Last week’s Commitment of Traders report showed yet another round of massive selling of ICE Brent and NYMEX WTI contracts by hedge funds. NYMEX WTI net length fell from 240k contracts to 206k contracts (-14% w/w) while ICE Brent net length held by funds decreased from 409k contracts to 361k (-12%.) On a combined basis net length between the two contracts stands at its lowest mark in 14 months and gross short positions held by funds have more than doubled in the last four weeks.
At first glance this seems like a highly bearish set of circumstances for oil, right? The world’s speculators- many of them energy experts- seem aggressively bearish on crude. A closer look, however, reminds us that the pros don’t always get it right and that a bearish flush of headlines can frequently clear the way for the next move higher in prices. For example, gross short positions in NYMEX WTI (meaning the total amount of bearish positions held by funds) currently stand at 64k contracts. The last time this measure exceeded 50k contracts was back in July, just in time for oil to rally from $70 to $86 over the next two months. In 2017 gross shorts reached a 5yr high 180k contracts which perfectly coincided with a 2yr low in prices at $58. Even more notable was a 6yr low in hedge fund net length in January of 2016 which preceded oil’s rally from $26/bbl to $52 over the coming 5-month period. Going back just one more year to 2015 funds liquidated their net length by 30% in February and March only to watch WTI run from $43 on March 16th to $61 by May 6th. This data serves as a valuable reminder that the speculative herd doesn’t always get things right. Selling often begets selling as buying begets buying and at a certain point profit-taking and position covering can drive sharp u-turns in the market. There are certainly bearish challenges ahead for oil, but we don’t view the negative position held by hedge funds as a damning piece information for bulls.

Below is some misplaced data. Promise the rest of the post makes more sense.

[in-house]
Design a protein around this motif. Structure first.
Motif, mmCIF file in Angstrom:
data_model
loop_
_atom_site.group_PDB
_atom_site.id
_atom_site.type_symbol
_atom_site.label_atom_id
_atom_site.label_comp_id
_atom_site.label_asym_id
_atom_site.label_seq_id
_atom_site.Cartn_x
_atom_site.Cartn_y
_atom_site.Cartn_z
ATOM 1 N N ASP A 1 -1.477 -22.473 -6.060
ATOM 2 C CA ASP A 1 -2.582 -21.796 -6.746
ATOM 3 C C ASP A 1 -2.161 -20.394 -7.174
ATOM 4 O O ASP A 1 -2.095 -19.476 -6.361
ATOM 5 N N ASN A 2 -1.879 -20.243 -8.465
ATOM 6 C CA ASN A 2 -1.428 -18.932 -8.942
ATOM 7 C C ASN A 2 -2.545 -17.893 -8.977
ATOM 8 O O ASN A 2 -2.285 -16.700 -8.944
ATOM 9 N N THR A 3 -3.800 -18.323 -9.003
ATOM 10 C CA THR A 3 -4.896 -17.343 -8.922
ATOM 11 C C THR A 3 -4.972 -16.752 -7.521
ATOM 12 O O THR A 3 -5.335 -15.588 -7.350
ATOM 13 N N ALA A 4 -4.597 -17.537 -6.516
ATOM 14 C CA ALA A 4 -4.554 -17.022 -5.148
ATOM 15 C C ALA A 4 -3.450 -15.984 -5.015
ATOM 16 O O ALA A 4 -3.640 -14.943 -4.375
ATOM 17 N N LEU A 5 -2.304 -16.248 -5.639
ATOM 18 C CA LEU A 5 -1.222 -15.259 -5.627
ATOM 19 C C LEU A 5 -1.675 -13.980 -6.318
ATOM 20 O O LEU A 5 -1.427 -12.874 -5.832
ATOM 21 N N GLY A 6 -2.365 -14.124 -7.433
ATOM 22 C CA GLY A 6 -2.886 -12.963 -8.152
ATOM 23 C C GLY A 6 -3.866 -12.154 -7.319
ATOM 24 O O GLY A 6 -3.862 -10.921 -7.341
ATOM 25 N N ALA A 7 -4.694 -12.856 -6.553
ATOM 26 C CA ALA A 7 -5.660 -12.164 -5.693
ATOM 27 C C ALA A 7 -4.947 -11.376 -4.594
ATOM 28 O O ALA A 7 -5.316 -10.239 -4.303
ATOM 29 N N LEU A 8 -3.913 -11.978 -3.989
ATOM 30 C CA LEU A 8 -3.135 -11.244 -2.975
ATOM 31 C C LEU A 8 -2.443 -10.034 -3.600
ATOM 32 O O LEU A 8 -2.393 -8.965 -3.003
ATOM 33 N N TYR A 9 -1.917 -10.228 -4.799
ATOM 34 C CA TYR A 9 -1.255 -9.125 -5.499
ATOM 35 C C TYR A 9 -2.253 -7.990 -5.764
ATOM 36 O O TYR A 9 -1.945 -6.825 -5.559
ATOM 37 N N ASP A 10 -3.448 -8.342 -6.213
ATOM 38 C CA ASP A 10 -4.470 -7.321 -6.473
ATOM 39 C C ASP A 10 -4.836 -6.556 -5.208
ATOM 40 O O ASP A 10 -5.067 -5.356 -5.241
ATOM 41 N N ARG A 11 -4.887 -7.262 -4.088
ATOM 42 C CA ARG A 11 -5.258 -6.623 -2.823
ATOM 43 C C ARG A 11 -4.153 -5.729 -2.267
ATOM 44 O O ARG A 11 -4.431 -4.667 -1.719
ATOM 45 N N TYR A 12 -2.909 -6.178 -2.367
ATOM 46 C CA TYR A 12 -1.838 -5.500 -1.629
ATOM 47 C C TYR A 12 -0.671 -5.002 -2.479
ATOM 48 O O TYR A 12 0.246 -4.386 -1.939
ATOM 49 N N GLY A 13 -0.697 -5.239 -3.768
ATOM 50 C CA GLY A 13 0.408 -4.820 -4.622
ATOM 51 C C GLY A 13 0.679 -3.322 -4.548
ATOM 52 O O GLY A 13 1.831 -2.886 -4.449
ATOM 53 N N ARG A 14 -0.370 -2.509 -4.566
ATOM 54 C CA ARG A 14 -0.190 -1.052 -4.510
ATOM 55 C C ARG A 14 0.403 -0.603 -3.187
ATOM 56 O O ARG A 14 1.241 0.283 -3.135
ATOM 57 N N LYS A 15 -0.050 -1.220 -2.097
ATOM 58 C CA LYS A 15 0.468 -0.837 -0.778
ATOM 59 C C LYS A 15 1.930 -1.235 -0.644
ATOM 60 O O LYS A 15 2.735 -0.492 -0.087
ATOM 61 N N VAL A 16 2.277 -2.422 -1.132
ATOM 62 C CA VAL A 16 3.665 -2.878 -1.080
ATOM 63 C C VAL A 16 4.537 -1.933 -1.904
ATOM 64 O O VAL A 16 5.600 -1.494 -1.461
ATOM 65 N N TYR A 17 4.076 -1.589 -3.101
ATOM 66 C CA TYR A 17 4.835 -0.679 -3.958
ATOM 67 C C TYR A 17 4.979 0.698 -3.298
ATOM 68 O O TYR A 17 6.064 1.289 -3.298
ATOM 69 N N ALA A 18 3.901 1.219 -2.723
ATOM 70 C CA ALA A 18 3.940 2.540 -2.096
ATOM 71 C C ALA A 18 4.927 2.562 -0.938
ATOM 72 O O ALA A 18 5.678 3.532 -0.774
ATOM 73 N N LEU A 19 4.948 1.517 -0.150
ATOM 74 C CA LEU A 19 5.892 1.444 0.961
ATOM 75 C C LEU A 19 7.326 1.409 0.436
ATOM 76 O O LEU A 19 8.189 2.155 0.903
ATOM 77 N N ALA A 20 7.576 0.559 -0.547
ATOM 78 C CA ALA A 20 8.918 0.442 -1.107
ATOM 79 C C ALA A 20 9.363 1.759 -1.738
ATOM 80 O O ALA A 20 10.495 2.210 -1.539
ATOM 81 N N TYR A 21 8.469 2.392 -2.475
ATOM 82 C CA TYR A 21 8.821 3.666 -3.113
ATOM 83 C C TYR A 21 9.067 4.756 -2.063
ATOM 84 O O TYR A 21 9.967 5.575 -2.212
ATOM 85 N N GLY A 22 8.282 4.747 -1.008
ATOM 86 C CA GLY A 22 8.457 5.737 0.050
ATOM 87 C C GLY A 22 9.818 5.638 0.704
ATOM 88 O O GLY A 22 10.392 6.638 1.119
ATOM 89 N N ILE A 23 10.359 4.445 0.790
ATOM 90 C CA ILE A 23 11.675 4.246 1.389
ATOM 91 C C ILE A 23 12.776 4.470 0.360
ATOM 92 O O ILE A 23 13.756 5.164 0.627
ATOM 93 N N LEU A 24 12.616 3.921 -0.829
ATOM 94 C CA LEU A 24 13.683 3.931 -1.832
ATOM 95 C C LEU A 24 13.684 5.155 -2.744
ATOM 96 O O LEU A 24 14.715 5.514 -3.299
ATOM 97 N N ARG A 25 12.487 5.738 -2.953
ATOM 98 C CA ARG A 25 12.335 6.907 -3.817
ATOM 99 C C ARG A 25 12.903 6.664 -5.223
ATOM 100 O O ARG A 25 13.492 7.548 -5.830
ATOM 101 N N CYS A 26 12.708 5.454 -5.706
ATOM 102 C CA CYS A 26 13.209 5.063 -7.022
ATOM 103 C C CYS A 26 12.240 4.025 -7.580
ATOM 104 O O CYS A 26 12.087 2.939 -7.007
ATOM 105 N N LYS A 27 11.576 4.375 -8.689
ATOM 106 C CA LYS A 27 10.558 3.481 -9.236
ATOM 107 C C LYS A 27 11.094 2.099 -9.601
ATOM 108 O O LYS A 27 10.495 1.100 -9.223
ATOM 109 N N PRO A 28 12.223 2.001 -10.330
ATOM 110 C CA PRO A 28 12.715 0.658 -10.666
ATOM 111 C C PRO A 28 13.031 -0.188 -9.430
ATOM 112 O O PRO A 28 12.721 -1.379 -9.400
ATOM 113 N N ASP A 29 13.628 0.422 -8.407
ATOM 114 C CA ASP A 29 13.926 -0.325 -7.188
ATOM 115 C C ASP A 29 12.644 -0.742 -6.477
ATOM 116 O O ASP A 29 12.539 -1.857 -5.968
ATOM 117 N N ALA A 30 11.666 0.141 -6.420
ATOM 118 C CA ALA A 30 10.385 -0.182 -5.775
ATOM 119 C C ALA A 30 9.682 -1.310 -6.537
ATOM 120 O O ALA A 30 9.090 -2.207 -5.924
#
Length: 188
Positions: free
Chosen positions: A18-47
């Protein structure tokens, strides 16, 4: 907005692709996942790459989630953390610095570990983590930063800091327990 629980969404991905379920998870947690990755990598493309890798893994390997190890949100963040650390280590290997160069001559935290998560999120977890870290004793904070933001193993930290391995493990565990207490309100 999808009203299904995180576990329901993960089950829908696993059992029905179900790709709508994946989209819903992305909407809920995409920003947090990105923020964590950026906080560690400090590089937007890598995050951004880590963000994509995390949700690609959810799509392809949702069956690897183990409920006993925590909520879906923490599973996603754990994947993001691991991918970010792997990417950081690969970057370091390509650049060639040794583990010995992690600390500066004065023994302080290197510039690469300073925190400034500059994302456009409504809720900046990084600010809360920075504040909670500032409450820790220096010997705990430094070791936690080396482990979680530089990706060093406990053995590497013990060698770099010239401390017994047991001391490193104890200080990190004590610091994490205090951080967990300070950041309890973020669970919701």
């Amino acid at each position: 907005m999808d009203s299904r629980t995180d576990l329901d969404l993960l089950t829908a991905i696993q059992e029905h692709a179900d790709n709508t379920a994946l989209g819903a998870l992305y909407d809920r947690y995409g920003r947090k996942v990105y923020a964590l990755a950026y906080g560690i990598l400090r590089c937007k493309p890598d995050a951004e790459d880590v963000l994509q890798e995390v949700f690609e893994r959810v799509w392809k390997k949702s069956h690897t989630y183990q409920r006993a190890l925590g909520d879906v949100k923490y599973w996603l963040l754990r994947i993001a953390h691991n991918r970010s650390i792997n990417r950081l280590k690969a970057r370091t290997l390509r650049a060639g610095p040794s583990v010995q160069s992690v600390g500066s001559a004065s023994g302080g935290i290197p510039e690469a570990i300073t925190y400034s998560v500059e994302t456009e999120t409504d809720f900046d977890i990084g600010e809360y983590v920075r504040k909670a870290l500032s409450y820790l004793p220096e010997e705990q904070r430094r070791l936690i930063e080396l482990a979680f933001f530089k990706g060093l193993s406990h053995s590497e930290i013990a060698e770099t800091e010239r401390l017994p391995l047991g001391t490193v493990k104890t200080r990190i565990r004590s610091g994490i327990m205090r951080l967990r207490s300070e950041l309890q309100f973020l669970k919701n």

Moving on from fund positioning, this week capped a fourth straight week of selling for oil prices as WTI sank to $63 and Brent fell to $73. Both contracts are lower by about $13 over the last four weeks as increased production, weakening demand forecasts for 2019 and aggressive selling in global stock markets have led the bearish move.
On the macro side the US and China continue to slap tariffs on goods heading into a Trump/Xi meeting which will be critical in setting the economic…